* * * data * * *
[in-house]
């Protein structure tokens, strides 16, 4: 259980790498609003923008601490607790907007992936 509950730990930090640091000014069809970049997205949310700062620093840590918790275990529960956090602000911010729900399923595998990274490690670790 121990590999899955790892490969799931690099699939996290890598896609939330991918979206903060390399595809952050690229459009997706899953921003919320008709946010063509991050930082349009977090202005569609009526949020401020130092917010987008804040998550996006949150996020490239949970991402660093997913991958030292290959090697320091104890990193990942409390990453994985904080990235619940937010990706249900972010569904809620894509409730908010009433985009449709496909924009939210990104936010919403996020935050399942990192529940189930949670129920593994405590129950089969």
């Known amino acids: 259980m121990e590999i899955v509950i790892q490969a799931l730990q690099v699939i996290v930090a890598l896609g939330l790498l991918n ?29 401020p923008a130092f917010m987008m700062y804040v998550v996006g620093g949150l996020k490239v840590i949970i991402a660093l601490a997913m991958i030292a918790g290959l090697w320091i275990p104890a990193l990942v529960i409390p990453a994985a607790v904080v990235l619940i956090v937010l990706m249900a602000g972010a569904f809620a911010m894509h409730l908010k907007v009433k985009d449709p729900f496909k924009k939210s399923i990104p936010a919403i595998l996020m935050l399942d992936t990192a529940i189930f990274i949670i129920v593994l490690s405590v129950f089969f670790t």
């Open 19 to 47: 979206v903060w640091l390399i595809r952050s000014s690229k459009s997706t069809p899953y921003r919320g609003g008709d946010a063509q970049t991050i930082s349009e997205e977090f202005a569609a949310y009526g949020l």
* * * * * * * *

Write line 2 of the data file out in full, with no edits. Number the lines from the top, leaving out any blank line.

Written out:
């Protein structure tokens, strides 16, 4: 259980790498609003923008601490607790907007992936 509950730990930090640091000014069809970049997205949310700062620093840590918790275990529960956090602000911010729900399923595998990274490690670790 121990590999899955790892490969799931690099699939996290890598896609939330991918979206903060390399595809952050690229459009997706899953921003919320008709946010063509991050930082349009977090202005569609009526949020401020130092917010987008804040998550996006949150996020490239949970991402660093997913991958030292290959090697320091104890990193990942409390990453994985904080990235619940937010990706249900972010569904809620894509409730908010009433985009449709496909924009939210990104936010919403996020935050399942990192529940189930949670129920593994405590129950089969």